Samuel MacMillan Manuscript
Compiled and Written by Samuel MacMillan in 1914 in the 85 year of his
Transcribed into electronic format by
Jean Suplick Matuson of Plano,
TX in Winter 1997/1998
A photocopy of this original work is located in the genealogy
collection at Citizens Library in Washington, Pennsylvania. I first came
across it while researching ancestors from North Strabane township. Some
inquiries of members of the Southwestern Pennsylvania Genealogical Society
in the early 1990's brought out that Dr. Herron, a retired veterinarian
in Canonsburg, was in possession of the original manuscript. A letter
to Dr. Herron was answered by his family explaining that Dr. Herron had recently passed away.
Other than these few details, not much is known about
the manuscript. However, after pouring over it for purposes of my own research,
and now again for purposes of this transcription, I can offer a few comments.
Most of the families documented in this work were from
the Canonsburg area, including families from North Strabane, Chartiers,
and Cecil townships. Most of the burials, when the location is given were
in cemeteries in those places.
I am inclined to believe that Mr. Samuel MacMillan actually
gathered information from living family members. My support for this conclusion
stems from work I did in constructing a cemetery census of Chartiers Hill
Presbyterian Church cemetery. Mr. MacMillan includes in his work information
about individuals that did not necessarily appear on their gravestones.
For instance, for nearly every person in his manuscript, an age at death
is given, something which does not appear on all gravestones. In some instances,
Mr. MacMillan's information even conflicts in minor ways with that inscribed
on the stones. He must have had a second source for his data: living family
Readers should be aware that there are occasional known
errors in Mr. MacMillans data, for instance a few people are acutally buried
in a cemetery other than the one he noted. Therefore you should use this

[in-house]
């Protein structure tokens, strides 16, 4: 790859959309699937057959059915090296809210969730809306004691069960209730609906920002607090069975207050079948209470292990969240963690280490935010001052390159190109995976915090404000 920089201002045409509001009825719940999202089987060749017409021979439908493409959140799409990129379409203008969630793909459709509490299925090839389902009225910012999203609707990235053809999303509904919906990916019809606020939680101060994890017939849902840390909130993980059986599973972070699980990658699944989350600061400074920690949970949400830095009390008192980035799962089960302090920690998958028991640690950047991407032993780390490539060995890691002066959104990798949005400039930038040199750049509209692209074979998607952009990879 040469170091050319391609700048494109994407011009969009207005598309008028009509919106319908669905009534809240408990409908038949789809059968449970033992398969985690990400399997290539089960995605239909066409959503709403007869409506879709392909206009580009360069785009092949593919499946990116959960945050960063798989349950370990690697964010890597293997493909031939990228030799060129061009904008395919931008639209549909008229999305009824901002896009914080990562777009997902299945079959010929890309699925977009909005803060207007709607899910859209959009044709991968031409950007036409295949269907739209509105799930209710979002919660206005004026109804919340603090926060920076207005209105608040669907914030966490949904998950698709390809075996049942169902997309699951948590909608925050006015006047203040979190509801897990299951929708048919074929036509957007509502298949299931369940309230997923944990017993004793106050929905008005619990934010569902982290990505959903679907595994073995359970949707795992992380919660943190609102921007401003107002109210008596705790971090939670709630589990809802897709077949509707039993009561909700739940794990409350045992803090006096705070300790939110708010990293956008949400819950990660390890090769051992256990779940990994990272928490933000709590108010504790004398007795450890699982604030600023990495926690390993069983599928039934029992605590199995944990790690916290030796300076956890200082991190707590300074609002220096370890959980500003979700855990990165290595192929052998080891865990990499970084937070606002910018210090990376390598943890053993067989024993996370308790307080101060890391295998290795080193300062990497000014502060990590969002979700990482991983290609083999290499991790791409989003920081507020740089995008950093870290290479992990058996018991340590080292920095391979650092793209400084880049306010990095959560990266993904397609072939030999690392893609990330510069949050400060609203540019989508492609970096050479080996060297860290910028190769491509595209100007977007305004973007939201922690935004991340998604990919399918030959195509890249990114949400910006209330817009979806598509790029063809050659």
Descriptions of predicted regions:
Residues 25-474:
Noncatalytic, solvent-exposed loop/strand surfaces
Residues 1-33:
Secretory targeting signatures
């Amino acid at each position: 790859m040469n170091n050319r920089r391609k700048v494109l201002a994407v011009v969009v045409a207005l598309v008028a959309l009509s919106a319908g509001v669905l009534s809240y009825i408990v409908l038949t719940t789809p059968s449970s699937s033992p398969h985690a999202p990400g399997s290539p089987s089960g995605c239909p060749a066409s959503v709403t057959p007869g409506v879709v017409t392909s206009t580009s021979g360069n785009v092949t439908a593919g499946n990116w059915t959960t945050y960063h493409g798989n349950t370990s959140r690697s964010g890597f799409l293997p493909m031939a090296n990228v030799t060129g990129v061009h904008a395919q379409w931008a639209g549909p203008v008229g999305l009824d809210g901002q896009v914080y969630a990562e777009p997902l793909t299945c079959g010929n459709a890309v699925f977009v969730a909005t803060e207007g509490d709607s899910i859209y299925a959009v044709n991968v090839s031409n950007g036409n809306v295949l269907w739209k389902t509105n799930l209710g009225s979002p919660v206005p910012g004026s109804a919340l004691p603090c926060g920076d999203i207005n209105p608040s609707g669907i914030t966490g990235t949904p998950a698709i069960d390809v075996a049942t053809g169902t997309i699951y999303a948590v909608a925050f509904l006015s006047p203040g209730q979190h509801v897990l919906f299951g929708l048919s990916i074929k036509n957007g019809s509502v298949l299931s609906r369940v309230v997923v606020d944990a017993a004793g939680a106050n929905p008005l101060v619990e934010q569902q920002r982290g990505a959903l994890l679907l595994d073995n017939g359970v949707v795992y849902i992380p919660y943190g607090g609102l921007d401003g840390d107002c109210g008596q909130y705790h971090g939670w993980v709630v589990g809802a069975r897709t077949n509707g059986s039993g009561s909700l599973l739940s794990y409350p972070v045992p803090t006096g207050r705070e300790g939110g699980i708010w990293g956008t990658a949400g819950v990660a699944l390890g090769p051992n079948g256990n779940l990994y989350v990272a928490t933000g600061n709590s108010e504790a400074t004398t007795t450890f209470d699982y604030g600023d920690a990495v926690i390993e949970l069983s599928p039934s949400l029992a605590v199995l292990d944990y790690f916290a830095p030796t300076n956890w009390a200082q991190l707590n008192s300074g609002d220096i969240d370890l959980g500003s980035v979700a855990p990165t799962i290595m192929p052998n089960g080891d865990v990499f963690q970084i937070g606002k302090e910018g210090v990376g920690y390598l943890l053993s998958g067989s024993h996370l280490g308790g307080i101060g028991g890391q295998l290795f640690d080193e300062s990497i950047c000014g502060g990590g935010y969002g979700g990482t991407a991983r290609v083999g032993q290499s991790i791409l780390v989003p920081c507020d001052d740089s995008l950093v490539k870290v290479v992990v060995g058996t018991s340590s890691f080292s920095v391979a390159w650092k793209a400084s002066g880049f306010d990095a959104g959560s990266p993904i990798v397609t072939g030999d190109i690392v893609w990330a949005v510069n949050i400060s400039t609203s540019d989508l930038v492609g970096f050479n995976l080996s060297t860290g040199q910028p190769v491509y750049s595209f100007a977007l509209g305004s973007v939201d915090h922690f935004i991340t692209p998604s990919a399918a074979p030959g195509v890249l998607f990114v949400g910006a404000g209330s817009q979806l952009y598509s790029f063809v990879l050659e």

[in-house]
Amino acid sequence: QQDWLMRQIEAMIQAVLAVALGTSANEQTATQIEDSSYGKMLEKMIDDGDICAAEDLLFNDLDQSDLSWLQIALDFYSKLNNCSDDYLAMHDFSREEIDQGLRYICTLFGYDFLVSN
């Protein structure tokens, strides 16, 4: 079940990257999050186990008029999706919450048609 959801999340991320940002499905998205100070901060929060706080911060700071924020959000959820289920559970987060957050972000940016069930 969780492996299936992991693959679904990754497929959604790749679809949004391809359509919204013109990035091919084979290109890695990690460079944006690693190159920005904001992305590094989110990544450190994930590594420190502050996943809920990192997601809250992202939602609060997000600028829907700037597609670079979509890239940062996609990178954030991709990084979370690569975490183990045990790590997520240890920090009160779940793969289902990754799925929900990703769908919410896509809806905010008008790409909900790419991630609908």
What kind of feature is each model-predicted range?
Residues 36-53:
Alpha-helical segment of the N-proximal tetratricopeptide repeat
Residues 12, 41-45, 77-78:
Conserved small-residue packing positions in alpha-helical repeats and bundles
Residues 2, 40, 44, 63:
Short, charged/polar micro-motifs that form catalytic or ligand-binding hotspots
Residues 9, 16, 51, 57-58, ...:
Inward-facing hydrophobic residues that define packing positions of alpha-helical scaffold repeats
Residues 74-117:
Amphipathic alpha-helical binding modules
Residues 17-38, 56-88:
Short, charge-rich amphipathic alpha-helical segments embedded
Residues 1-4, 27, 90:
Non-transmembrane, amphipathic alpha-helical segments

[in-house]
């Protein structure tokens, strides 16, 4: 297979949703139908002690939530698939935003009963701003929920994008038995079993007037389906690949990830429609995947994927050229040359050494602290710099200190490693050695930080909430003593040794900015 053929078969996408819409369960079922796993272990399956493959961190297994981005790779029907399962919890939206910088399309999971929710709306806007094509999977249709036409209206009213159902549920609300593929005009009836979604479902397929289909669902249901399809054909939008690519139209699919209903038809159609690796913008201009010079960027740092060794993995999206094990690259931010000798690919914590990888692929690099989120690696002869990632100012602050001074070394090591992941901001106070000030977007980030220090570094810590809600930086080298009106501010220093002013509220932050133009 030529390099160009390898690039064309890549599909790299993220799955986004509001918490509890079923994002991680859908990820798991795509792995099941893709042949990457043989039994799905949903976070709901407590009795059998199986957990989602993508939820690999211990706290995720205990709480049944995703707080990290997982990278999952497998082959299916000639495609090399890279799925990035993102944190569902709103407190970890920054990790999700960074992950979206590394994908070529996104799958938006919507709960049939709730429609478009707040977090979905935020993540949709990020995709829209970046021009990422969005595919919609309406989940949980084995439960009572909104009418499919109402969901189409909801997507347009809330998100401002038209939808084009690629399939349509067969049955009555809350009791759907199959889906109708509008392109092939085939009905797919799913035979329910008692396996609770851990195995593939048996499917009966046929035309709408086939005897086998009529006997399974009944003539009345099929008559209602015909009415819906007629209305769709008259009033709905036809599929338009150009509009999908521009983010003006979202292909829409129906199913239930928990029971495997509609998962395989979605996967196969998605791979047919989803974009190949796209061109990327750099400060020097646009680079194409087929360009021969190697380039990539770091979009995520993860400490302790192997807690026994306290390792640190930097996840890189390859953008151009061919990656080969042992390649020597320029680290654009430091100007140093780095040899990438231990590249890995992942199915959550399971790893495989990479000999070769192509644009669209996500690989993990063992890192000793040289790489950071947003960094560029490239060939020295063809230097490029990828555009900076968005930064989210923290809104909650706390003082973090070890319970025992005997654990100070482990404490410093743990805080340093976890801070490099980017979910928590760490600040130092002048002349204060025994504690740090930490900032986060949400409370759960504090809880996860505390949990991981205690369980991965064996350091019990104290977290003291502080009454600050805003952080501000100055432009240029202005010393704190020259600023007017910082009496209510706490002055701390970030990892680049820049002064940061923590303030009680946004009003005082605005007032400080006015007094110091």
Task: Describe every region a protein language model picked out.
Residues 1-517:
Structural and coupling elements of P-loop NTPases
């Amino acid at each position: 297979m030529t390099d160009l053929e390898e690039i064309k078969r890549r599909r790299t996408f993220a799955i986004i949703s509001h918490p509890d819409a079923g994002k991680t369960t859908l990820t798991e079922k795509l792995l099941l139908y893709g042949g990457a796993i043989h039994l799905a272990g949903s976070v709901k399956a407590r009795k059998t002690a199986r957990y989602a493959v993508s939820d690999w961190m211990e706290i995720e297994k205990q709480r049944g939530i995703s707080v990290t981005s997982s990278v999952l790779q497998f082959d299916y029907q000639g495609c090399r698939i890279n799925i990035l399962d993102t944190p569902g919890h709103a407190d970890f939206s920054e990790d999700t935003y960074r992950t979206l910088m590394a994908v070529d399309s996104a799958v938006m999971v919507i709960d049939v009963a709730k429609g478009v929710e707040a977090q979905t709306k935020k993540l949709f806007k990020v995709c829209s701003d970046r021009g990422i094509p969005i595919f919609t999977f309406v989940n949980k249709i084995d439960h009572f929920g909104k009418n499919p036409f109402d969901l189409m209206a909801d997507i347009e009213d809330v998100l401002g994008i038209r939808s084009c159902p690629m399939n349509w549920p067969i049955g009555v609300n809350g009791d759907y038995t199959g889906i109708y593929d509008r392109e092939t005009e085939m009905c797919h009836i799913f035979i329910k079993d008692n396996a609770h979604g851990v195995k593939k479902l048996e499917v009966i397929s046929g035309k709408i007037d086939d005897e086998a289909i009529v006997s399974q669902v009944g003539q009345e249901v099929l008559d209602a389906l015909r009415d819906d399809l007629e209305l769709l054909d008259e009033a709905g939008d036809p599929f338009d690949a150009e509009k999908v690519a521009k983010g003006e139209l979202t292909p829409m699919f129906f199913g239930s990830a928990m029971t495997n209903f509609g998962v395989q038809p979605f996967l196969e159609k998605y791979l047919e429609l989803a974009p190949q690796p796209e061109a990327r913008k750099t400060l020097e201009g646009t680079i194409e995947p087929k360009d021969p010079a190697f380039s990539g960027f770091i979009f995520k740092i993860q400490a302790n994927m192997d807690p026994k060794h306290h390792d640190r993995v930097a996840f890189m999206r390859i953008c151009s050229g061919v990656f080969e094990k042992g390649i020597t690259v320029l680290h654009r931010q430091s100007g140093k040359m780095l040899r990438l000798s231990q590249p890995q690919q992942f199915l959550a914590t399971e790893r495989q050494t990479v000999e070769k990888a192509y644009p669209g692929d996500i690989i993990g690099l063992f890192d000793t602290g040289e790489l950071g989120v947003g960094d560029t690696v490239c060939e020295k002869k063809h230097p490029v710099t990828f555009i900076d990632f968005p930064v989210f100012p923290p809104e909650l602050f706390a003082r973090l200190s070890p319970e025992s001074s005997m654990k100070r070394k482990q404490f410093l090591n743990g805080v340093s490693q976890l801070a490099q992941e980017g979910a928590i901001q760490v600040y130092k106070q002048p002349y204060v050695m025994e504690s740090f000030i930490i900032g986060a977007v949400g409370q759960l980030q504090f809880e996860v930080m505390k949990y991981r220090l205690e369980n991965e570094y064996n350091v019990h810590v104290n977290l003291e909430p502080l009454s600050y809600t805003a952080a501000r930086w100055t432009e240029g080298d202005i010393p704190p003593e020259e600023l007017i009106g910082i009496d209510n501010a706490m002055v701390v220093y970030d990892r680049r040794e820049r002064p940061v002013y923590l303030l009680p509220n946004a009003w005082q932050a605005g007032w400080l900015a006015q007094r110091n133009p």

data as just another clue in your research and attempt to verify it with
primary sources before claiming it to be accurate. In cases where the death
dates or ages don't make sense in relation to other family memebers, I
have noted that in square brackets.
Entries take the form:
Name, relationship to family, cemetery, date of birth, date of death, age at death
Name, relationship to family, cemetery, township/town of residence, date of birth, date of death, age at death
- Sometimes both a township/town and the cemetery are given.
Page numbers are given as they appeared in the original work.
Blank lines between family groups have been retained.
Commas were not used in the original manuscript; I have added
them in order separate dates and ages.
Month abbreviations have been retained from the original
Ages are assumed to be the age at death.
HC is taken to mean the cemetery at Chartiers Hill Presbyterian
Church, known locally as "Hill Church".
OS is taken to mean Oak Springs cemetery in Canonsburg, Penna.
SS is taken to mean Speer Spring cemetery in Canonsburg.
PC or Pigeon Creek refers to Pigeon Creek Presbyterian Church
MR is taken to mean Millers Run Church cemetery.
CC is taken to mean Center Church cemetery.
Information about these cemeteries can be found in the
[?] denotes text which was difficult to read in the manuscript.
Mr. MacMillan consistently spells Rachel as Rachal, Pittsburgh
as Pittsburg, Benjamin as Benjaman, Catherine as Catharine, etc.
- Note that Samuel MacMillan sometimes included married
women with their family of origin and sometimes with their husband's family,
so check in both places.
X, Y, Z
[Genealogy in Washington Co.,
Copyright (c) 1997 Jean Suplick Matuson. All rights